Recently, I wrote a tip on the subject of how to effectively handle resident repair requests. My tip was shared with 11 other members of the Forbes Real Estate Council. Three of the tips are highlighted below:

1. Choose Your Trade Workers Ahead of Time

It’s better to plan ahead and have your trade workers lined up. If you are more interested in saving your time and not your money, find a general contractor who can take care of all your issues. The best way to find reliable trade workers or general contractors is by asking people you know for referrals. – Chris Ryan, Beyond Properties Group (eXp Realty)

2. Establish Emergency Availability for Yourself and Your Vendors

Establish emergency availability and ensure your vendors can provide the same. Pre-negotiate pricing and Service Level Agreements (SLAs) with strong vendors so you’re not haggling while your vendor is on-site and your resident is expecting a resolution. When capturing requests, use tools and processes that collect enough information and photos to help diagnose and then resolve issues in a single visit, when possible. – Jay Goldklang, Great Jones

 3. Offer a Maintenance Guarantee

In rare situations, repairs can’t be done as fast as residents want. If so, residents may get upset and call city inspectors. Why not offer a maintenance “guarantee”? If a repair is not made within 72 hours, the resident gets free rent on a prorated basis after the 72 hours until repaired. You eliminate resident frustrations and have more time to handle those rare times when a timely repair could not be done. – Jeffrey Taylor, Mr. Landlord Inc.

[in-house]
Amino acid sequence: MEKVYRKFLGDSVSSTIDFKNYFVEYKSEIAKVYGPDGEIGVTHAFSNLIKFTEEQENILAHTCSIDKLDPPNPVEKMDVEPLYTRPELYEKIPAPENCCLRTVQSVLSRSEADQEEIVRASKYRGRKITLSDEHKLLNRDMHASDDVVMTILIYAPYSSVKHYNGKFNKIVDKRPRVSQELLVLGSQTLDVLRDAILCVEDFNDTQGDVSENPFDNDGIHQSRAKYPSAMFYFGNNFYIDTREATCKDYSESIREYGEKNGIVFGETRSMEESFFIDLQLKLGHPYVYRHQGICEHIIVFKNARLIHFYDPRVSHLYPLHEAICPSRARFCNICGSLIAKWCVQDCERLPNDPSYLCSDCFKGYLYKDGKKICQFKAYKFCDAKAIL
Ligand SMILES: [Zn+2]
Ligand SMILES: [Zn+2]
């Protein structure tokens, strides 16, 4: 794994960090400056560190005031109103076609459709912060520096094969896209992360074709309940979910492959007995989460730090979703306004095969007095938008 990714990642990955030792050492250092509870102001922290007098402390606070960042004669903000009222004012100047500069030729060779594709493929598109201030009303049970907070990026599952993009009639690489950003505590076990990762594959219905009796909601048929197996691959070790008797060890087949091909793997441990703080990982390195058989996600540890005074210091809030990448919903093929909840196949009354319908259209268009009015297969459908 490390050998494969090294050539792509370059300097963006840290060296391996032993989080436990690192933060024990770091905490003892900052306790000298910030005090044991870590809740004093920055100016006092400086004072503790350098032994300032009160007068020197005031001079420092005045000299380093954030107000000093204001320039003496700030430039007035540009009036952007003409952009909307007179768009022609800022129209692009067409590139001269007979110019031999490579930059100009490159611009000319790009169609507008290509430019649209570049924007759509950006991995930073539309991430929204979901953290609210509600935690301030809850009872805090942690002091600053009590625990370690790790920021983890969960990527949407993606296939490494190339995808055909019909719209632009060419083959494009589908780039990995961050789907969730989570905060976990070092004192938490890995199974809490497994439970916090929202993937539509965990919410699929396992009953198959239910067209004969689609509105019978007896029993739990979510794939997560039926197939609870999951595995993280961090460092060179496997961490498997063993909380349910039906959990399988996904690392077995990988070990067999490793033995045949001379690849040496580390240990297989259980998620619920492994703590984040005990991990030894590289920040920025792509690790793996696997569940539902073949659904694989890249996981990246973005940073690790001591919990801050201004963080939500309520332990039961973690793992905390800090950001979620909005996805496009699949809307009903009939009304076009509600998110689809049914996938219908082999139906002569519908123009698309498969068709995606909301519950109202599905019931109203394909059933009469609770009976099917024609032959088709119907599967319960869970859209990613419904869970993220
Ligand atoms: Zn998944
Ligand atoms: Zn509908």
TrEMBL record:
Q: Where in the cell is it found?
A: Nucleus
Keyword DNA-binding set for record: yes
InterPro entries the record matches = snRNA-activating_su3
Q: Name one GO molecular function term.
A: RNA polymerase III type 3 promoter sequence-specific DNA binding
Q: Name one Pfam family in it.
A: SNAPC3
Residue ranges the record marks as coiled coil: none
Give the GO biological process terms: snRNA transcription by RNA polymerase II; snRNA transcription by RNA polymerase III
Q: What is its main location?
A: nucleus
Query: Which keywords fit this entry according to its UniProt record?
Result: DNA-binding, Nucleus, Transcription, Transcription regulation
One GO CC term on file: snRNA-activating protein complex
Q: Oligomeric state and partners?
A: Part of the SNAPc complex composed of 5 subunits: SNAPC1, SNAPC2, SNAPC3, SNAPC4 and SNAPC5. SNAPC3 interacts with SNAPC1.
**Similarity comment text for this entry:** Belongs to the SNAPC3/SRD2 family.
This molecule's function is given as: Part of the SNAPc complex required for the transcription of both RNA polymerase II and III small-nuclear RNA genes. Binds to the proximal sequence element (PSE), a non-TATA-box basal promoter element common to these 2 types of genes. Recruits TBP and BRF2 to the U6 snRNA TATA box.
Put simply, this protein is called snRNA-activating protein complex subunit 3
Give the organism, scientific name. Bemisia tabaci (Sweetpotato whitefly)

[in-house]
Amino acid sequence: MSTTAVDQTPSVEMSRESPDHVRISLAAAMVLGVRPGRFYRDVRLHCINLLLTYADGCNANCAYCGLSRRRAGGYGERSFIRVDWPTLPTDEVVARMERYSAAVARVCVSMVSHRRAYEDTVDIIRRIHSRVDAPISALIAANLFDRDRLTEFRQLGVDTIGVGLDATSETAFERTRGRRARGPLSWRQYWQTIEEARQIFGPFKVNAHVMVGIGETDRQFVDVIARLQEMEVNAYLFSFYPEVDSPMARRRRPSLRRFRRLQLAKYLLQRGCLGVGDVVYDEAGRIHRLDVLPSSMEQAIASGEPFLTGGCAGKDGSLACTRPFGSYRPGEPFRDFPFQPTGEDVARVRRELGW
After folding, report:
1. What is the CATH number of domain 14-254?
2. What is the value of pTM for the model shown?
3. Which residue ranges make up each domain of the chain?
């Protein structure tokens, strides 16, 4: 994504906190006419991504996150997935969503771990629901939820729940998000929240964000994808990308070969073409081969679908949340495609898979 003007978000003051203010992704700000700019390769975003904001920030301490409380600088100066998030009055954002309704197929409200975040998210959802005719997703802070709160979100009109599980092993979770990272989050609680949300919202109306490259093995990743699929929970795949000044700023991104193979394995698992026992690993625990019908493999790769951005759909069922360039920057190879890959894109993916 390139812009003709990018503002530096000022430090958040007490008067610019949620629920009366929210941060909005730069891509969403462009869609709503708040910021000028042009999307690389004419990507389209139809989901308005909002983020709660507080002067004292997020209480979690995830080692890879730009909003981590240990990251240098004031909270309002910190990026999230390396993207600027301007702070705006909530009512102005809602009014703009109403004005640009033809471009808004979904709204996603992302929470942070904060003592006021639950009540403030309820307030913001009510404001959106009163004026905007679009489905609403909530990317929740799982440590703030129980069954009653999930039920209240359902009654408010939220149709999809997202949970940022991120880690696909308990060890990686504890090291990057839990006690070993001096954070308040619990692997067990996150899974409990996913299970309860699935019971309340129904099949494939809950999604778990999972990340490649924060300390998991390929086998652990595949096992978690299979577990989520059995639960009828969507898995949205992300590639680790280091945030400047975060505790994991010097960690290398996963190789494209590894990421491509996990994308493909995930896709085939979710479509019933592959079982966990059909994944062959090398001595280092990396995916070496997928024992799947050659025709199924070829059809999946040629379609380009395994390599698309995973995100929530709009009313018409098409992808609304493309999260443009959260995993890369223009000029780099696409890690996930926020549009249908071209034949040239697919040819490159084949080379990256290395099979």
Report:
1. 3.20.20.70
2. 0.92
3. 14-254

Get Your Money for Damages From Former Residents

An idea was shared on our Q&A Forum by a successful landlord and rehabber (NE, PA). In fact, it is a tip that he has used on multiple occasions successfully.

The landlord reminded other rental owners that we need to BILL residents who cause damage and leave owing you money. However, what he does is different than the way most landlords go after the money. Instead of simply sending an invoice for the total money owed, he gives them payment options to satisfy the bill. I’ve shared his post below:

“I had another resident move out last month. He and his roommate had a falling out and the roommate moved out a month or two prior. They left with a little over $1,000 in damages. I sent a payment plan to both of them and all of their emergency contacts. 

The plan was 20% off for one payment immediately, 

10% off for two payments, or 

Full price for three payments.

I just received a check with both of their signatures on the payment plan with payment number one of three selected for $361. I’ll take it. I would say this is one difference between deadbeats and well-screened residents.” 

Three Questions You Should NEVER Ask An Applicant

According to an article appearing in the publication of the Wisconsin Apartment Association, there are three questions (and fair housing tips) that you should NEVER ask an applicant.